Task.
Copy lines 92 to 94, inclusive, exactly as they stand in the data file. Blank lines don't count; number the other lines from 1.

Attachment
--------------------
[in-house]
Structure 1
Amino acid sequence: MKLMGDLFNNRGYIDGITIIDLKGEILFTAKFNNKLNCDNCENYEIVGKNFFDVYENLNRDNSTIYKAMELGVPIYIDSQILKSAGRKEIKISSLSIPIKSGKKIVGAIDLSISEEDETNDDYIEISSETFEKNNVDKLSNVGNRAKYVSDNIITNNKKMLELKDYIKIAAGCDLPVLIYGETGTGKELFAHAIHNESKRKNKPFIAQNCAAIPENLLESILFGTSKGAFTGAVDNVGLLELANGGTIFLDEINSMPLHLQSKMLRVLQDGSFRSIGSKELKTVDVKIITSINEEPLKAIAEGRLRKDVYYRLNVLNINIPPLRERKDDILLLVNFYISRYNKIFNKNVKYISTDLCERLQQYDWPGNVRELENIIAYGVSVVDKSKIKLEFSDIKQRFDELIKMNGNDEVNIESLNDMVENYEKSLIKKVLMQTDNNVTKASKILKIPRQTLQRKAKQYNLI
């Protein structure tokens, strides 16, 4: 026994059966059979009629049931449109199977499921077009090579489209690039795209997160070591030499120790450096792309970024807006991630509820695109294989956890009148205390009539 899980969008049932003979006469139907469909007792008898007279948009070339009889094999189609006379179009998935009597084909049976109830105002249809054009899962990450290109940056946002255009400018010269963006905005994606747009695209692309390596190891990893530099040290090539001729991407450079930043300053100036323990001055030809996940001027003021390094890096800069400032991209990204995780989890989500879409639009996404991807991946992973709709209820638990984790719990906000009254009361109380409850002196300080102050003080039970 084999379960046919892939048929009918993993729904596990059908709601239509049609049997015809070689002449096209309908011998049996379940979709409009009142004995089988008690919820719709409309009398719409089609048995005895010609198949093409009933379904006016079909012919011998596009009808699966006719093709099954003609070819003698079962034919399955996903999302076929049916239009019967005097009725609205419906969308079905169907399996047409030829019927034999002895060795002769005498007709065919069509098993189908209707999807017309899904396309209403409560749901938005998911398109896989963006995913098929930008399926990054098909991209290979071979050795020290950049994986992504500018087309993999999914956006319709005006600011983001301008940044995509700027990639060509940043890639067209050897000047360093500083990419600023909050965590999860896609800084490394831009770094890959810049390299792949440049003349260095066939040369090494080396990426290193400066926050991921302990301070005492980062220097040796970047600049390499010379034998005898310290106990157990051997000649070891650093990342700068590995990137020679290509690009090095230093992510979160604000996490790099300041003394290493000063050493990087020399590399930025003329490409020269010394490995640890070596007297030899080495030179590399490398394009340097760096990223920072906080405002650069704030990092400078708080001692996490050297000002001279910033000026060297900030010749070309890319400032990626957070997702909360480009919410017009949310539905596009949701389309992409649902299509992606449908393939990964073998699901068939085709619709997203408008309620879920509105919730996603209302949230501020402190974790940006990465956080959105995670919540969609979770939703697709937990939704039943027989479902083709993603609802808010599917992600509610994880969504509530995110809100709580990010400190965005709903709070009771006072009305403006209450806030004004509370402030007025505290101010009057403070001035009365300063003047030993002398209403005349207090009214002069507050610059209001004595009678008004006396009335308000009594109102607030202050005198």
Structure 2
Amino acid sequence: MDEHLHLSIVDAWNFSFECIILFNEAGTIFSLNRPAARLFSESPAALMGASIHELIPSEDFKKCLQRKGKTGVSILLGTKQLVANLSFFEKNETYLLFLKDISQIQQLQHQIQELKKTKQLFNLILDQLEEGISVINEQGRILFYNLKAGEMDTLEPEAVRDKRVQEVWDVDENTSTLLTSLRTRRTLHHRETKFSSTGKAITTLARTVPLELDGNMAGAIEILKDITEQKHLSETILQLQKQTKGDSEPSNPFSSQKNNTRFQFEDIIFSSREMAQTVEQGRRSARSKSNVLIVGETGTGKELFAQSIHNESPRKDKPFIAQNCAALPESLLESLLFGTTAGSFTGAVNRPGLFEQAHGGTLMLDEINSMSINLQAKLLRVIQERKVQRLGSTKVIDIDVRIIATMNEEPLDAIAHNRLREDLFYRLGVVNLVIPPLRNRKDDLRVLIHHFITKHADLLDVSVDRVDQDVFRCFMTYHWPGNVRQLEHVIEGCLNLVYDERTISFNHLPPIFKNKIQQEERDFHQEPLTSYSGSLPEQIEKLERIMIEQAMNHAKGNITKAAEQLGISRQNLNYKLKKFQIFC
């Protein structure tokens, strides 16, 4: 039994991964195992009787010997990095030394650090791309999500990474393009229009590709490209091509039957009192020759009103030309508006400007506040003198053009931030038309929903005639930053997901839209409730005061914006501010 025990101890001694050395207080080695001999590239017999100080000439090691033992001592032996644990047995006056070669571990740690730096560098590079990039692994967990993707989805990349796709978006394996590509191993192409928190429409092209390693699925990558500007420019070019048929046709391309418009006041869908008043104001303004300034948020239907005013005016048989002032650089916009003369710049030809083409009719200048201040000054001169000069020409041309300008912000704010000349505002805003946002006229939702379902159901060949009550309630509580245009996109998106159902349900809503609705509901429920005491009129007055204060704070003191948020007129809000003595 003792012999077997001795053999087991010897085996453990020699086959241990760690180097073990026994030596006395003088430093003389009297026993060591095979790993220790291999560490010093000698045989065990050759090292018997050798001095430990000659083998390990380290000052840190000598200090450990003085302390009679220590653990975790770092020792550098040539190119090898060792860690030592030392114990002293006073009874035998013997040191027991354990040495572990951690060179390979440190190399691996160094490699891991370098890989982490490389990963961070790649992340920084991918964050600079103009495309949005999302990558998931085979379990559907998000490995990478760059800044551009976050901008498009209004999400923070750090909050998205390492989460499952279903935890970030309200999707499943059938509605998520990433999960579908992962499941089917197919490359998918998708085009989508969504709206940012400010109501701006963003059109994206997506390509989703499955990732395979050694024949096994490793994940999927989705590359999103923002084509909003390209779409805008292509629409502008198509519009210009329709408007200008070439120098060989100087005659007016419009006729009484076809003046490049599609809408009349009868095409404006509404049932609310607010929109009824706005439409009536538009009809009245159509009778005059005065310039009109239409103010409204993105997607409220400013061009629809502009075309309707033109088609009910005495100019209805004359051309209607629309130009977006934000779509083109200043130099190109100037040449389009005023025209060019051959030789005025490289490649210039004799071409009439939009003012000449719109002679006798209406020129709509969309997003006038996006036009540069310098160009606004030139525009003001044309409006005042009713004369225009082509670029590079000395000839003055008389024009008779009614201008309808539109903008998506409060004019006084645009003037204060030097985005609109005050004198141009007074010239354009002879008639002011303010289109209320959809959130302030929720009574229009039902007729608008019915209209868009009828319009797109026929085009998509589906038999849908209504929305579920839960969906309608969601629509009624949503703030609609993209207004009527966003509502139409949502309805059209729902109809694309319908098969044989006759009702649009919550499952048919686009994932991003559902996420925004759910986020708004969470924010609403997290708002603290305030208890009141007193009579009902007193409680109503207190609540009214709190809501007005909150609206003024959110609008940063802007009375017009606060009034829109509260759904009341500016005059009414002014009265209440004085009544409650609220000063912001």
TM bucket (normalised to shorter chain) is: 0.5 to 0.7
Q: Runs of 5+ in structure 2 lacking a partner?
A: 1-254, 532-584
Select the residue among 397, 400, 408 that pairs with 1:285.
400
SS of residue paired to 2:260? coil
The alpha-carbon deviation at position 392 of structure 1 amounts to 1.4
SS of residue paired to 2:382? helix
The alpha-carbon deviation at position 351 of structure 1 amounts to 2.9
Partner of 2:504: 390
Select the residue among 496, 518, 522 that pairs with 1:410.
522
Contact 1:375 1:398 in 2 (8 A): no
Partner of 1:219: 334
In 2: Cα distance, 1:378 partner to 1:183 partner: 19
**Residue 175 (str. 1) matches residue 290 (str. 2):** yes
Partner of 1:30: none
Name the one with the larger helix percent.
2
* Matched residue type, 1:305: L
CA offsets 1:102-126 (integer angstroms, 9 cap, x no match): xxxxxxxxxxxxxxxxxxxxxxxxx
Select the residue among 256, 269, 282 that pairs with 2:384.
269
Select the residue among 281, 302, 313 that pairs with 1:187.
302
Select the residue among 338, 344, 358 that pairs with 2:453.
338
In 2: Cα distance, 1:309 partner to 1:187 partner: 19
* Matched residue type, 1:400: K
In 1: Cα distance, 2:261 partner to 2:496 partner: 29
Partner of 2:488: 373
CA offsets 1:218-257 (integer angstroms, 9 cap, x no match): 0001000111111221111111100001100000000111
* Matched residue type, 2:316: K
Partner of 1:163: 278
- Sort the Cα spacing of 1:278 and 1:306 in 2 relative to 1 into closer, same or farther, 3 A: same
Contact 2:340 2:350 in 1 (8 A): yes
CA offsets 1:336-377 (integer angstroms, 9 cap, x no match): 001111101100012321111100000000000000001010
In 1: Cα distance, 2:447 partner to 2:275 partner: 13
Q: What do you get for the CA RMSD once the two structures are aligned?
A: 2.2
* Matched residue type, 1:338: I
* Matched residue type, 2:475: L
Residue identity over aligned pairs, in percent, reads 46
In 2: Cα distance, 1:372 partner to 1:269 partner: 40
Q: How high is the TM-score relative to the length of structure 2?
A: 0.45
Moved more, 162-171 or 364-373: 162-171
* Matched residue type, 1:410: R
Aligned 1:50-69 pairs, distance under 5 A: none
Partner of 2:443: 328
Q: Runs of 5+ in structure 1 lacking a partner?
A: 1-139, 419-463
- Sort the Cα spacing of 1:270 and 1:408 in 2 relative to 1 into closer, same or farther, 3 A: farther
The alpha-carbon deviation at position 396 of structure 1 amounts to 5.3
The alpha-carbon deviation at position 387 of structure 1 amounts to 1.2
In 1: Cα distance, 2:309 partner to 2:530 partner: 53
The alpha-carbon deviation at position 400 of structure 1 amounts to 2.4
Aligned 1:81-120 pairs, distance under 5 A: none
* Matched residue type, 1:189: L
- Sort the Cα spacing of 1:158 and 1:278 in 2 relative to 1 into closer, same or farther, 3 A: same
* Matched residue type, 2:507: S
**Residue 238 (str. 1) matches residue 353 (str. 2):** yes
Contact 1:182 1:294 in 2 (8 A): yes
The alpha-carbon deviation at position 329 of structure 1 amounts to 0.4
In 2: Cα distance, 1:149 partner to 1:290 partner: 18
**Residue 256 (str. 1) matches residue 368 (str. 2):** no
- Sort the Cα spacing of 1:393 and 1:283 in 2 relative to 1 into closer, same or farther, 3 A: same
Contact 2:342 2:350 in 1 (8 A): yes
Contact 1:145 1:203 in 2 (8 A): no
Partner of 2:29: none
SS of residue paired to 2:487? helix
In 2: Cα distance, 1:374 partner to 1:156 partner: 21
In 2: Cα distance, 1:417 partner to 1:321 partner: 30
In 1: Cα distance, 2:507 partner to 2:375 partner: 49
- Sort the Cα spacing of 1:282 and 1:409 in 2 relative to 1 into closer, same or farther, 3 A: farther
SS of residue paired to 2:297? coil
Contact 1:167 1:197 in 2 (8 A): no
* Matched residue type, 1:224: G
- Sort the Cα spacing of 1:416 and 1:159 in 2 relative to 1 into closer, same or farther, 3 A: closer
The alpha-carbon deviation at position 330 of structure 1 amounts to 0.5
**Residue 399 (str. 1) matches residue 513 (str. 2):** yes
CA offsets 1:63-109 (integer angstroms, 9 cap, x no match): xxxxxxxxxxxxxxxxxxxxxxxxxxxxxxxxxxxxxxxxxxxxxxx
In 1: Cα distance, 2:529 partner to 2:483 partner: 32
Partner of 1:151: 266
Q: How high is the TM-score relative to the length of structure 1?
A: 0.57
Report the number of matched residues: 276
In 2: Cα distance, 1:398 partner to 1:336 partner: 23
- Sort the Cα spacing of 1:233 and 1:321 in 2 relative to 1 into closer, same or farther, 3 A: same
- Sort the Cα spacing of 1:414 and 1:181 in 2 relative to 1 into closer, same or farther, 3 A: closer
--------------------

Q: How high is the TM-score relative to the length of structure 1?
A: 0.57
Report the number of matched residues: 276